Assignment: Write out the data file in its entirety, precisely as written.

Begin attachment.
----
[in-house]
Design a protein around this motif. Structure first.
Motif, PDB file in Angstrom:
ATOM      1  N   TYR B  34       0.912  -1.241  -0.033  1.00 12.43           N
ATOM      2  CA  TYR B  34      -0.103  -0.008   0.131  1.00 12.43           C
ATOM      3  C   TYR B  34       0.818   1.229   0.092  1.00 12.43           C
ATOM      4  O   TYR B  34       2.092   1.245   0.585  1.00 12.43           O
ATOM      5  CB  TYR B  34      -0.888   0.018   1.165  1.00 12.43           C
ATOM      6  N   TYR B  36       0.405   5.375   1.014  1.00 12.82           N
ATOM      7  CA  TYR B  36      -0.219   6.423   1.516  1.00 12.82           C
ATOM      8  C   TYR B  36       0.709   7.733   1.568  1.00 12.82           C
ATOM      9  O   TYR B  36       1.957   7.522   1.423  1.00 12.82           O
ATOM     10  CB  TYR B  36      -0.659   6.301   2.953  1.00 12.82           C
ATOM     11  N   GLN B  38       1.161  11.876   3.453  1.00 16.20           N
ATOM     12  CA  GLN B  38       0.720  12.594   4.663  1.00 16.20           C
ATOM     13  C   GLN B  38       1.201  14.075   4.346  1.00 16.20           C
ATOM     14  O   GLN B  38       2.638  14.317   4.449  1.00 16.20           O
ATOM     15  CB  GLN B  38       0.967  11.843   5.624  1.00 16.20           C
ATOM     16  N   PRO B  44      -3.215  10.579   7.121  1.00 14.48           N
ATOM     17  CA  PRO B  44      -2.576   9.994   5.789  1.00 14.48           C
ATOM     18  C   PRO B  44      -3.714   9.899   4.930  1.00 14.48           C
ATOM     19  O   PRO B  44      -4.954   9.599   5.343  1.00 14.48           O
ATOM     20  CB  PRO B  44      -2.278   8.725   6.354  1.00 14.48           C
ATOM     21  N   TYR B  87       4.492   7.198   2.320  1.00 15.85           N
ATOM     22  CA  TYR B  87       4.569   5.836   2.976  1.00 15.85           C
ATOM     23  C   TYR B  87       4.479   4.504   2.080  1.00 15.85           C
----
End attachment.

[in-house]
Design a protein around this motif. Structure first.
Motif, PDB file in Angstrom:
ATOM      1  N   TYR B  34       0.912  -1.241  -0.033  1.00 12.43           N
ATOM      2  CA  TYR B  34      -0.103  -0.008   0.131  1.00 12.43           C
ATOM      3  C   TYR B  34       0.818   1.229   0.092  1.00 12.43           C
ATOM      4  O   TYR B  34       2.092   1.245   0.585  1.00 12.43           O
ATOM      5  CB  TYR B  34      -0.888   0.018   1.165  1.00 12.43           C
ATOM      6  N   TYR B  36       0.405   5.375   1.014  1.00 12.82           N
ATOM      7  CA  TYR B  36      -0.219   6.423   1.516  1.00 12.82           C
ATOM      8  C   TYR B  36       0.709   7.733   1.568  1.00 12.82           C
ATOM      9  O   TYR B  36       1.957   7.522   1.423  1.00 12.82           O
ATOM     10  CB  TYR B  36      -0.659   6.301   2.953  1.00 12.82           C
ATOM     11  N   GLN B  38       1.161  11.876   3.453  1.00 16.20           N
ATOM     12  CA  GLN B  38       0.720  12.594   4.663  1.00 16.20           C
ATOM     13  C   GLN B  38       1.201  14.075   4.346  1.00 16.20           C
ATOM     14  O   GLN B  38       2.638  14.317   4.449  1.00 16.20           O
ATOM     15  CB  GLN B  38       0.967  11.843   5.624  1.00 16.20           C
ATOM     16  N   PRO B  44      -3.215  10.579   7.121  1.00 14.48           N
ATOM     17  CA  PRO B  44      -2.576   9.994   5.789  1.00 14.48           C
ATOM     18  C   PRO B  44      -3.714   9.899   4.930  1.00 14.48           C
ATOM     19  O   PRO B  44      -4.954   9.599   5.343  1.00 14.48           O
ATOM     20  CB  PRO B  44      -2.278   8.725   6.354  1.00 14.48           C
ATOM     21  N   TYR B  87       4.492   7.198   2.320  1.00 15.85           N
ATOM     22  CA  TYR B  87       4.569   5.836   2.976  1.00 15.85           C
ATOM     23  C   TYR B  87       4.479   4.504   2.080  1.00 15.85           C